To recognise and appreciate the richness and variety of music within other cultures.
We believe that creativity is a fundamental aspect of any education.
To develop the creative possibilities within each pupil we endeavour to provide a stimulating and exciting environment where students can develop their artistic and musical creativity, whether they are studying music for examination purposes or as an introduction to the subject. We strive for excellence and aim to expose students to as many musical styles as possible.
The Music department prides itself on making music meaningful, enjoyable and accessible to all students whilst promoting the confidence and desire in the students to produce work of quality. In order to achieve these objectives an understanding of the theoretical and analytical elements of music as well as the creative, taught through the mediums of both composition and performance, are essential. Practical demonstrations are central to the teaching ethos of the department, providing an effective means of introducing new skills and techniques whilst generating confidence in the students.
Currently, there is one full time music specialist and one full time performing arts teacher within the department.
Miss Adele Capaldi
Miss Laura Hyde
Teaching staff within the department offer a wide range of specialist areas. These include performance, analysis, theory and composition, musical theatre and music history. Music is taught within an environment which encourages pupils to become resourceful in their approach to work, and to build on basic skills as they progress through the various units offered.
We aim to engender a love of learning, self-belief and aspiration through several intentions that are unpacked further. Those intentions are removing barriers to learning; developing knowledge and skills for learning in a range of subjects; developing personal attributes and to enrich students’ experiences and broaden their horizons.
Through our curriculum provision we intend to develop:
- To develop musicians
- To provide an environment where pupils find the creative process enjoyable and rewarding.
- To promote independent learning through individual practice.
- To develop social skills through ensemble work
- To develop a musical vocabulary.
- To acquire a sense of aural awareness, developing critical listening skills.
- To develop thinking skills and approaches to problem solving.
- To ensure tolerance of others and respect for ideas and opinions.
- To recognise and appreciate the richness and variety of music within other cultures.
- To develop the capacity for creative thought and action.
- To develop practical, intellectual and technical skills.
- Learn how to value and judge constructively their own work and the work of others.
- To develop the potential for further study.
Creativity cannot be passive. Pupils must be active. They must engage.
At Key Stage 3, music offers students the opportunity to work with their voices and a variety of instruments and software, aiming to develop musical knowledge, skills and understanding alongside a grounding in music theory. Students will work independently, in small groups and as a whole class to create music in a variety of styles, beginning to explore the areas of study required for GCSE. Working in a format in keeping with the GCSE course also gives students a clear idea of whether they want to choose music as one of their options.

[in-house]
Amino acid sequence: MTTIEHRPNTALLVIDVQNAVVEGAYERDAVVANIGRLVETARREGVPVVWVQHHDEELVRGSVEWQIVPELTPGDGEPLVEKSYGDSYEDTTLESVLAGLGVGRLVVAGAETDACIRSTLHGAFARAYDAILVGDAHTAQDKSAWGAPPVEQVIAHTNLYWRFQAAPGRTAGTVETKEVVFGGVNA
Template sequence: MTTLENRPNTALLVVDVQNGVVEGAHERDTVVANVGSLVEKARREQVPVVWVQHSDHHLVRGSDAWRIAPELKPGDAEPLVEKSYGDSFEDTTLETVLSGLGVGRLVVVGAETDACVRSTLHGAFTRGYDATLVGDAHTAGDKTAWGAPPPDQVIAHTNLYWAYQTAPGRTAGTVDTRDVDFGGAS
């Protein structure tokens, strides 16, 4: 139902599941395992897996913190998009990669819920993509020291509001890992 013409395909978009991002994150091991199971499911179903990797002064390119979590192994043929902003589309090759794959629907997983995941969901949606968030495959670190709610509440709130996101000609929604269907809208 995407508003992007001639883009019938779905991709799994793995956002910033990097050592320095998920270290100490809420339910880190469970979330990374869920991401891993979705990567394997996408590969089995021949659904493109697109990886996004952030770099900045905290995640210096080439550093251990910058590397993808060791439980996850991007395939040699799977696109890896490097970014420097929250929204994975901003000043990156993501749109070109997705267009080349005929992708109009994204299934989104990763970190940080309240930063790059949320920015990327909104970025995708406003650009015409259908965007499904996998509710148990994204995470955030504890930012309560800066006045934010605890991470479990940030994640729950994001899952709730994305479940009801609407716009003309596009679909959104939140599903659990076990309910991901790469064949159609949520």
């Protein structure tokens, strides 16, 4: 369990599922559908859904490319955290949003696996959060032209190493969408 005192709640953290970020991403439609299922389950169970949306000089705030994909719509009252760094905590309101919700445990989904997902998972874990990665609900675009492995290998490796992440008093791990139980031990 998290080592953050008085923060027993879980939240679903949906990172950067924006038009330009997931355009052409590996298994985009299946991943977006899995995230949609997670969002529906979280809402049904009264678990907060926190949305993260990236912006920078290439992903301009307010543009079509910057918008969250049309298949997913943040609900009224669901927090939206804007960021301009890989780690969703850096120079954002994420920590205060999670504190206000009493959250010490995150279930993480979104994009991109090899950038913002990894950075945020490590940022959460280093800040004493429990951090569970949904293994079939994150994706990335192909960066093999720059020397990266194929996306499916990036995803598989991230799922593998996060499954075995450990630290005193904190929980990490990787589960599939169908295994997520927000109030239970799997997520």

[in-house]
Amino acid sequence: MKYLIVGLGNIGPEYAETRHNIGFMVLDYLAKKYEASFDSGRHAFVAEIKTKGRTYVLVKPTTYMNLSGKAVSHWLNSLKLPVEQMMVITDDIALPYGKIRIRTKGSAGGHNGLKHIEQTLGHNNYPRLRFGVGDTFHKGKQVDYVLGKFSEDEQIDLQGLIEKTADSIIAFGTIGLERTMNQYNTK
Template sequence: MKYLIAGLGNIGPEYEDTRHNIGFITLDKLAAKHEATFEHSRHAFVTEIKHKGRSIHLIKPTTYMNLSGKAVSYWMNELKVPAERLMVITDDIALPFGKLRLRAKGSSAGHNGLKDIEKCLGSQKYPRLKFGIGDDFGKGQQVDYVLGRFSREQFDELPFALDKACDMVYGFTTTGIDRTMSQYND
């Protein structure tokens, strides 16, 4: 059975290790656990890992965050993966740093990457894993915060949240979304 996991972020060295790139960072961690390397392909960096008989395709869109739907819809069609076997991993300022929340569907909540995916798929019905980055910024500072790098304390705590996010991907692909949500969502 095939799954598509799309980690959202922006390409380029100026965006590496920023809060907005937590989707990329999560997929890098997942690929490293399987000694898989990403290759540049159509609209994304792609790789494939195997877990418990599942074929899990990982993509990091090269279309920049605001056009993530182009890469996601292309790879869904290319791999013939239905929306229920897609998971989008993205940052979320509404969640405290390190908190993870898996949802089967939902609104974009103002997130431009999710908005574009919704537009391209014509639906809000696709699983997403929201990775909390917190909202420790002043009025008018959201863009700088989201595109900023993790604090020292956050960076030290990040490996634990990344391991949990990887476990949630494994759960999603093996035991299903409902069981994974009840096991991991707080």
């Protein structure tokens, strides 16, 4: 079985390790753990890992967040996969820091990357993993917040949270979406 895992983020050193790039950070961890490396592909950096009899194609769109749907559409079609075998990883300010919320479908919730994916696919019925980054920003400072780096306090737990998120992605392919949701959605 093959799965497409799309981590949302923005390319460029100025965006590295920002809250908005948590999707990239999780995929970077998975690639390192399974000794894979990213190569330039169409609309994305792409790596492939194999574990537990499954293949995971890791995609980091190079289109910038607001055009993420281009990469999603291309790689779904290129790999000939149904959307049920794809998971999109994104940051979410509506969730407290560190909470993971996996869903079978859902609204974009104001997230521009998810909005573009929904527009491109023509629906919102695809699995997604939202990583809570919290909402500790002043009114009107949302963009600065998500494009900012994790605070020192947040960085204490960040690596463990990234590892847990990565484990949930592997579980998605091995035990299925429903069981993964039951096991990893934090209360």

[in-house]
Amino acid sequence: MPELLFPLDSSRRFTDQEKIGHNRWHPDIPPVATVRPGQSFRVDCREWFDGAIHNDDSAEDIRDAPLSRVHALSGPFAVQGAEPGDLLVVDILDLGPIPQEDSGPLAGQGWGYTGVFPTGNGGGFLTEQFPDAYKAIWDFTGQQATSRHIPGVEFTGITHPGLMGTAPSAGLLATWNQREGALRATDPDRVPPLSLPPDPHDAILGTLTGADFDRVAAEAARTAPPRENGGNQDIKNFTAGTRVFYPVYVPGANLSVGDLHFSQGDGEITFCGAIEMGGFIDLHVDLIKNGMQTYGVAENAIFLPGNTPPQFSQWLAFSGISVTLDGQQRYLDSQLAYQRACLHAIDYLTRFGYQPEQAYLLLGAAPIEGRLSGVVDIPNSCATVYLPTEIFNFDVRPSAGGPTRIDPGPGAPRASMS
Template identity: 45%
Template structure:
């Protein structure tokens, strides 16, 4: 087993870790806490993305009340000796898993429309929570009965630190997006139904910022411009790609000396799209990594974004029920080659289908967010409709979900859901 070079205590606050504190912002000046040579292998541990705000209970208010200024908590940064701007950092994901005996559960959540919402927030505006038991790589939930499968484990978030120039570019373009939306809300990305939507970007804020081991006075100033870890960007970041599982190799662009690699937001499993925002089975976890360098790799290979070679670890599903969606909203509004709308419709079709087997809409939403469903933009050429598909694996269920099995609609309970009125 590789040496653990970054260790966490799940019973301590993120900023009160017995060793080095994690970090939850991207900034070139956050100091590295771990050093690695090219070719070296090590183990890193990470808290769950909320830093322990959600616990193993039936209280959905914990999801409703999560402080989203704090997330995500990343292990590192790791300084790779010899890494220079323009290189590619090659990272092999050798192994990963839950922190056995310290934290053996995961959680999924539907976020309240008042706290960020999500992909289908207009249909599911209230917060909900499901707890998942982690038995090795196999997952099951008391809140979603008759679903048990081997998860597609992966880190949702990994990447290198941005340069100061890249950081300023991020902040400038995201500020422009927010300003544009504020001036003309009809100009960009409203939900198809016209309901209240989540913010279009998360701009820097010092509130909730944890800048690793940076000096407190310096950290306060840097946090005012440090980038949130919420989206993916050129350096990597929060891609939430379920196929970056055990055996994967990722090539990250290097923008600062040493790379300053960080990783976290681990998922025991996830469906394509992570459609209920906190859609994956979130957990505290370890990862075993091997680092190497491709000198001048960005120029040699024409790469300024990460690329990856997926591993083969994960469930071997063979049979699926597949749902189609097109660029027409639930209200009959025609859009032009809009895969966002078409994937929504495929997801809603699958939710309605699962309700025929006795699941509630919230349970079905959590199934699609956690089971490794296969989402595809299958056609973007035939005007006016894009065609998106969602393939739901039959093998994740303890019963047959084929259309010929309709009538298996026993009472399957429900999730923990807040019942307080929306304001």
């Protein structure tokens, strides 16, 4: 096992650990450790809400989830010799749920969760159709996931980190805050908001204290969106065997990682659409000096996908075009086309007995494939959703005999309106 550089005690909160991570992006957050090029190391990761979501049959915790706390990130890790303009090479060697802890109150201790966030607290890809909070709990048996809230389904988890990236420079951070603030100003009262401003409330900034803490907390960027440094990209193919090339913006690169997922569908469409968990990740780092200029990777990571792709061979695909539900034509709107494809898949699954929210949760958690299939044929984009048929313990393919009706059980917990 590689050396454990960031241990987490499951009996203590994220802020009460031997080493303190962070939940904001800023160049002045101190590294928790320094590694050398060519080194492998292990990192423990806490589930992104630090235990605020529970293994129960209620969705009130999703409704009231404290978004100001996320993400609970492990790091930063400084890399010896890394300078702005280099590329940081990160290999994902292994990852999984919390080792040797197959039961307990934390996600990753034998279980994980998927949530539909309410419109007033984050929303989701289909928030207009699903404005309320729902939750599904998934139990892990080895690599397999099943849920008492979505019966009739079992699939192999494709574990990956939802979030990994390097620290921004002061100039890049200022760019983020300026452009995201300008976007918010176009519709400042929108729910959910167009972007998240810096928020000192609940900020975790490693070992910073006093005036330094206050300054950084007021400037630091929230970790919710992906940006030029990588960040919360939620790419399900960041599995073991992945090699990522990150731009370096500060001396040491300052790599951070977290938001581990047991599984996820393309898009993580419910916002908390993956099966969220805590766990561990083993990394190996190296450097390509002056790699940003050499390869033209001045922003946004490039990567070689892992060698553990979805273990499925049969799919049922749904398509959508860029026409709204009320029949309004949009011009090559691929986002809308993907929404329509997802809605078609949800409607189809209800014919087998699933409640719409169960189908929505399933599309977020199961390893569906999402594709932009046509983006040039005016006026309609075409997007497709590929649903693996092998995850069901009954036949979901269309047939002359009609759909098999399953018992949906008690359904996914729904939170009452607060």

Students have the opportunity to benefit from our visiting peripatetic music teachers who deliver vocal tuition and a wide variety of popular and orchestral instrumental lessons.
Year 10 and 11 students follow a music curriculum of performing, composing and appraising. They are encouraged to form ensembles, as a requirement of the GCSE course is to submit at least one group performance. They will work on the professional notation software package, Sibelius, to develop their writing and creativity skills, applying their knowledge from the theoretical learning on the course. In preparation for the written exam, students will study a wide range of musical styles, periods, and contexts to broaden their knowledge of the vast musical world. They will learn about the theoretical building blocks and elements of music, including compositional devices which they will use in their own musical compositions.
Students are encouraged to take lessons from our visiting peripatetic music teachers who deliver vocal tuition and a wide variety of popular and orchestral instrumental lessons.
We will assess if we are having the positive impact we aim for through regular monitoring (for example book scrutinies and learning walks) to ensure we are leading to positive progress for all. The curriculum will be evident across all lessons and students will be able articulate their learning confidently. This will also be reflected in student voice surveys, with students indicating that they are engaged and enjoying their Music lessons.
Assessment data will be collected and utilised in a meaningful way, for example, to address misconceptions in learning and to target intervention to improve individual outcomes and monitor progress. In terms of planning for learning, data is used to ensure that lessons provide appropriate stretch and challenge to those who are most able and provides appropriate learning experiences to those that struggle to access particular aspects of the curriculum. This data will also be used to seek out and close gaps in students’ knowledge so that all students are able to make progress.
At the end of each academic year, we will review and reflect on how the curriculum is designed to ensure that students remember what they have been taught. This regular review cycle ensures that we have a curriculum pathway that promotes success for all learners and ensures that the Music curriculum is appropriate and fully differentiated for all students.